What adds to the zombie killing repetition is the fact that each of the four characters all play the exact same, which is in stark contrast to the highly distinctive fighting styles during Yakuza 4. They each have their own unique weapon (a custom shotty for Majima, Goro's gatling gun arm), but they all play more or less the exact same regardless. You will once again level up via experience (which is gained by the requisite means) and each character's progress will carry over into the next. Unfortunately, this also means that each character has no unique, discerning abilities. Mind you, the abilities themselves aren't even all too exciting anyway. There's one very early ability--that might as well as been apart of the standard moveset it's so cheap--that allows your fine-aim to snap straight to a zombies head, but otherwise I was investing towards increasing my inventory most of the time.
Instead of bearing through the torture on your own, you can bring a friend along. Of the artificial intelligence variety unfortunately (or fortunately, for your friend's sake). As the game goes on, you'll meet the hilariously baritone Gary, a black drill instructor who'll round up whatever allies you'll gain during specific sub-stories. You can also train under his wing to gain some added experience, but the courses are so easy (and Gary forces you do each one twice with no deviation for some incomprehensible reason) the fine-aiming ones so annoyingly finicky and dull, and you'll earn more than enough just going through the main story/sub-stories that you're best pretending they don't exist.
The partners you can bring along with you don't really add much to the overall formula either As mentioned previously, maybe a couple of times now, the game is exceedingly easy. Dead Souls does imply to have some sort of 'complex' relationship mechanic between you and your partners, like how they won't follow your orders when their health is low if you don't have enough affinity, but the orders are so limited, vague, and have such little of an effect anyway that none of it even matters. They will at least level up earning them buffs like increased health or what have you that you can equip them with--only two may be equipped at once, however.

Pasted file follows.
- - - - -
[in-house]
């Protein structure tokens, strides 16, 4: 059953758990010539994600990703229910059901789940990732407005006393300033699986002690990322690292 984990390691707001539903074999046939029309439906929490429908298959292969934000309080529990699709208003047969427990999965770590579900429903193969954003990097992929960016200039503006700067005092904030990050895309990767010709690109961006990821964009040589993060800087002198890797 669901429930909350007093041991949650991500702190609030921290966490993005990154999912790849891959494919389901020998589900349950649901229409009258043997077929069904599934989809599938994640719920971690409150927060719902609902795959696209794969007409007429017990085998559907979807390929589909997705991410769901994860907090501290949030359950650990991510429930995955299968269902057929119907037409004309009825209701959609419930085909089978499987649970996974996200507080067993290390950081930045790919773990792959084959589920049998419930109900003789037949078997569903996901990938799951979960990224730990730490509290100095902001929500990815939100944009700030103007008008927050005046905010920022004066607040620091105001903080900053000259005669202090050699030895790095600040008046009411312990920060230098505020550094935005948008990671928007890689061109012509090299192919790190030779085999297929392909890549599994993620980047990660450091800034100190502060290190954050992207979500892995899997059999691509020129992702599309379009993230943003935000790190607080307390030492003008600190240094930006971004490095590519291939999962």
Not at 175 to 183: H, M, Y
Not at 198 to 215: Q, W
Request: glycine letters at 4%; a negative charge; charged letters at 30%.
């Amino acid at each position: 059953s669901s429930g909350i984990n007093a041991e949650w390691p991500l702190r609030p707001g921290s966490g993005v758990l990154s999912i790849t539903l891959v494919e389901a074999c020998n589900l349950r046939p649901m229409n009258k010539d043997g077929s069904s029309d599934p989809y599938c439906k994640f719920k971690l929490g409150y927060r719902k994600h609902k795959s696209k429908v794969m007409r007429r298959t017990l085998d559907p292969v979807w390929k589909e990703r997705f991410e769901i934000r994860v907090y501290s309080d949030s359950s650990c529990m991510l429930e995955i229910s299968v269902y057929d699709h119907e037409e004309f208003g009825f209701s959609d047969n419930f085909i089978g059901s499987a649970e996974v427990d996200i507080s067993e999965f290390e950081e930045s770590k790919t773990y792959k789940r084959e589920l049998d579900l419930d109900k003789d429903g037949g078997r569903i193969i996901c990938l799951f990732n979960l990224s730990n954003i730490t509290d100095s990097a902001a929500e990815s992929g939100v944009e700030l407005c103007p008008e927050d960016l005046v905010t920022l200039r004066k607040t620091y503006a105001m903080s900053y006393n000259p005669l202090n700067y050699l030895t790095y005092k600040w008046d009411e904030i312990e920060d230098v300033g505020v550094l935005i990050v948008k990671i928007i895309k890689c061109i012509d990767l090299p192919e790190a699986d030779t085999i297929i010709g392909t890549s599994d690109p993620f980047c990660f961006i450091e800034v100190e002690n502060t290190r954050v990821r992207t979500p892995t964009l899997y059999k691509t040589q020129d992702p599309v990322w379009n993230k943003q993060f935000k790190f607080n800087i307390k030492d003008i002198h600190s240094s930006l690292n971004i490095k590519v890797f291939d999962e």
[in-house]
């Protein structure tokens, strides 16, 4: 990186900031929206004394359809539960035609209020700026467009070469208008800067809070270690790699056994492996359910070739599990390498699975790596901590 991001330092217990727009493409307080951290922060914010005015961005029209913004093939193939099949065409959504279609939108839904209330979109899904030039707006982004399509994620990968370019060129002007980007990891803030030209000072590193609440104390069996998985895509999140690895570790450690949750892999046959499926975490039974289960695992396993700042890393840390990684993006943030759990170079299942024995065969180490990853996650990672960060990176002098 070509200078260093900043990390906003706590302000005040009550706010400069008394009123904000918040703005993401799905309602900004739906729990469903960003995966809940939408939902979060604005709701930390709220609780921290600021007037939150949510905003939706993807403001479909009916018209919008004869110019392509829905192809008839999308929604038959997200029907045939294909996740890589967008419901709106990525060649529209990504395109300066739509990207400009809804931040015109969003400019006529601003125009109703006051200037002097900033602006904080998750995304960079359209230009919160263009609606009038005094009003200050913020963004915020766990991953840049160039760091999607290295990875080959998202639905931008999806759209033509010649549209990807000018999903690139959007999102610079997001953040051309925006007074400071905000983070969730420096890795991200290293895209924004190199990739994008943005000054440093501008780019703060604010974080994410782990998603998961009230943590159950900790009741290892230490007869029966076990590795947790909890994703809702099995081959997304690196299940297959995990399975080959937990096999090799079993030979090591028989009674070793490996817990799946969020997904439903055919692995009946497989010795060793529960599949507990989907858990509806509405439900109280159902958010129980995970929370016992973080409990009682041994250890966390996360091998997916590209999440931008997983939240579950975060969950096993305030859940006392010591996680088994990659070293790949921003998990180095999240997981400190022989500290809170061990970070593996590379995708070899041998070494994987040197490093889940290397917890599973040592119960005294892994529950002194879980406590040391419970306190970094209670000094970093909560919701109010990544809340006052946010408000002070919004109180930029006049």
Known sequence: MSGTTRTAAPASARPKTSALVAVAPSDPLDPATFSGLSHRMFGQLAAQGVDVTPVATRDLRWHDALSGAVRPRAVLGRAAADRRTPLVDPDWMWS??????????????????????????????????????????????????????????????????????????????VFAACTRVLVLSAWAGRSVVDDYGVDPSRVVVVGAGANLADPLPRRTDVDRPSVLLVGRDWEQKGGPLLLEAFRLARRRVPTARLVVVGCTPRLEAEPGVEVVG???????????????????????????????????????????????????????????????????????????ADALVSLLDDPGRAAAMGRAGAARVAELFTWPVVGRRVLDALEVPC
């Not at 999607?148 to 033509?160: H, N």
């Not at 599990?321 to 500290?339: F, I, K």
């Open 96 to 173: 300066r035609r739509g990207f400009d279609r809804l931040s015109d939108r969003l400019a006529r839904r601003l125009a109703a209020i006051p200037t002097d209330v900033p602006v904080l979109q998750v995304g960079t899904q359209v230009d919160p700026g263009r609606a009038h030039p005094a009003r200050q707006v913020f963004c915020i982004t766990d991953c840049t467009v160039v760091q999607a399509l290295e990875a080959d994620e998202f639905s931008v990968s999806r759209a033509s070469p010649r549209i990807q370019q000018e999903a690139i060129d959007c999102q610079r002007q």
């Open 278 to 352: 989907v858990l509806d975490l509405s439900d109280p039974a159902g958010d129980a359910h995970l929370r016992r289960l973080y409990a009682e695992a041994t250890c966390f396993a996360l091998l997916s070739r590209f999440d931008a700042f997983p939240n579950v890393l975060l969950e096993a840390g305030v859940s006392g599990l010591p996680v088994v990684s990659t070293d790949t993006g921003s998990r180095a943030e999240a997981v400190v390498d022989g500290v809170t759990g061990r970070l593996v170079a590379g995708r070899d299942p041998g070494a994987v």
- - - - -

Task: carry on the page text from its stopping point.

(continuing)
Regardless, the entire partner mechanic is significantly more shallow than it appears and is only approachable for the idea of adding a little more life to the monotony of drudging through the combat scenarios. Or in most cases at least. You can't bring them during the main story segments and in fact, certain sub-story events may not even trigger if you have a partner with you, and to relieve yourself of one, you have to exit the QZ--which brings me back to how frustrating it is regarding the size of the QZ. In essence... like Gary himself and everything he puts on the table, the entire partner system is best given the silent treatment and ignored. It really doesn't add anything substantial, and as alleviated earlier, may even hinder your progress within some scenarios.
OK, so putting aside the mind-numbing combat and copy pasta adventure elements, I can at least say with confidence that what little story there is (yes, the main story is also pretty short just to add to things) was pretty entertaining. The graphics, while again giving the impression that this is more of an expansion than any sort of full priced sequel, still look impressive and the characters animate fluidly and exude personality. The jarring transition for cutscenes randomly reverting to text now at least has voiced dialogue to go along with them, though given that it's of course in Japanese and the animations are still as heavily recycled and generic it doesn't exactly ease the annoyance of reverting away from the actual cutscenes. When meeting with the Hostesses, you can now skip the introductory smoking/drinking segments. So there's that too, I guess?
If it weren't for the larger focus towards Majima and his antics, I'd write Dead Souls off completely and spit a 1 star on this mess. But Majima's portions are a wonder to behold, as is the man himself whenever he shows up. The sub-par shooting and the heavily recycled adventuring contents made me feel like the game was purposely trying to push me away. The concept is a sound one, but the high degree of sloth that permeates so much to do with Dead Souls left me mentally exhausted trying to get through it all; by the time it was Kiryu's turn to walk the long trodden road of the undead, I was quite literally rushing past all encounters besides the mandatory boss battles.
There is sure to be some kicks for franchise die-hards, but by and large, Dead Souls is still damn near irredeemable across all fronts. A shining example that the Yakuza series needs to buckle up and make some serious advancements within its foundation. Even discrediting the shooting, this will be the third game to have Kamurocho more or less untouched, with little besides an additional character here and there to show for any sort of growth. Dead Souls stands as both a step back for the franchise, and as a worrying proclamation regarding the care Sega have towards what was once a defining gem within the limited cache of heavily Japanese-inspired video games. It's frankly going to take a lot of work and a lot of adjustments for me to ever get excited about a Yakuza game again.
PS: Oh, and the frame-rate is pretty terrible too.